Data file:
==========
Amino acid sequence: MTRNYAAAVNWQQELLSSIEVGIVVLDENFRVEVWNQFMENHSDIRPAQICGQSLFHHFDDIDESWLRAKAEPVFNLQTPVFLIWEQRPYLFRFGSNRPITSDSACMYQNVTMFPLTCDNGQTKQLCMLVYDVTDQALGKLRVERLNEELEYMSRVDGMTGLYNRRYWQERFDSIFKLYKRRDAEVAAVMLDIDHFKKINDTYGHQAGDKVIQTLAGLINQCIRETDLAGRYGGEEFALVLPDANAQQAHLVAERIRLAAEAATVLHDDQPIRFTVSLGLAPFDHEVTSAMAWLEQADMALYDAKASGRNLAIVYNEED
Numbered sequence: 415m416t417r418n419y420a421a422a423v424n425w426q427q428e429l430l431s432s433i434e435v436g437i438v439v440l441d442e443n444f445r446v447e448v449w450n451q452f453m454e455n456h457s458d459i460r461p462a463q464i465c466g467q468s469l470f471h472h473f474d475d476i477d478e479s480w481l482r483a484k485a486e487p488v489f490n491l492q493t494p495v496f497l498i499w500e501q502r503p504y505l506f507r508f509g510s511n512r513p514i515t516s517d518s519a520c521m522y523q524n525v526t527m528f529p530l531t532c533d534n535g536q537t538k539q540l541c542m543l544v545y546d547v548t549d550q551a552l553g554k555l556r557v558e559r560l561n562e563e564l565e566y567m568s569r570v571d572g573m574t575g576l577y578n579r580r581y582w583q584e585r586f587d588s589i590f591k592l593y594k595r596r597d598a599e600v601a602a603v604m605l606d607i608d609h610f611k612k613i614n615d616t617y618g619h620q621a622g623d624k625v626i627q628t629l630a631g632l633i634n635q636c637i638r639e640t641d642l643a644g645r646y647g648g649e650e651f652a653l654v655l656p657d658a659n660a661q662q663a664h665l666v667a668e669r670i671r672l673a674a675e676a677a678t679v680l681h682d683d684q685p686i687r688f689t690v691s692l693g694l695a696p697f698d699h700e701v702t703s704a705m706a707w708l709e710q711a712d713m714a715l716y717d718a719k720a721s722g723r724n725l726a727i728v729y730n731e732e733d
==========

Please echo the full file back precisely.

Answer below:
Amino acid sequence: MTRNYAAAVNWQQELLSSIEVGIVVLDENFRVEVWNQFMENHSDIRPAQICGQSLFHHFDDIDESWLRAKAEPVFNLQTPVFLIWEQRPYLFRFGSNRPITSDSACMYQNVTMFPLTCDNGQTKQLCMLVYDVTDQALGKLRVERLNEELEYMSRVDGMTGLYNRRYWQERFDSIFKLYKRRDAEVAAVMLDIDHFKKINDTYGHQAGDKVIQTLAGLINQCIRETDLAGRYGGEEFALVLPDANAQQAHLVAERIRLAAEAATVLHDDQPIRFTVSLGLAPFDHEVTSAMAWLEQADMALYDAKASGRNLAIVYNEED
Numbered sequence: 415m416t417r418n419y420a421a422a423v424n425w426q427q428e429l430l431s432s433i434e435v436g437i438v439v440l441d442e443n444f445r446v447e448v449w450n451q452f453m454e455n456h457s458d459i460r461p462a463q464i465c466g467q468s469l470f471h472h473f474d475d476i477d478e479s480w481l482r483a484k485a486e487p488v489f490n491l492q493t494p495v496f497l498i499w500e501q502r503p504y505l506f507r508f509g510s511n512r513p514i515t516s517d518s519a520c521m522y523q524n525v526t527m528f529p530l531t532c533d534n535g536q537t538k539q540l541c542m543l544v545y546d547v548t549d550q551a552l553g554k555l556r557v558e559r560l561n562e563e564l565e566y567m568s569r570v571d572g573m574t575g576l577y578n579r580r581y582w583q584e585r586f587d588s589i590f591k592l593y594k595r596r597d598a599e600v601a602a603v604m605l606d607i608d609h610f611k612k613i614n615d616t617y618g619h620q621a622g623d624k625v626i627q628t629l630a631g632l633i634n635q636c637i638r639e640t641d642l643a644g645r646y647g648g649e650e651f652a653l654v655l656p657d658a659n660a661q662q663a664h665l666v667a668e669r670i671r672l673a674a675e676a677a678t679v680l681h682d683d684q685p686i687r688f689t690v691s692l693g694l695a696p697f698d699h700e701v702t703s704a705m706a707w708l709e710q711a712d713m714a715l716y717d718a719k720a721s722g723r724n725l726a727i728v729y730n731e732e733d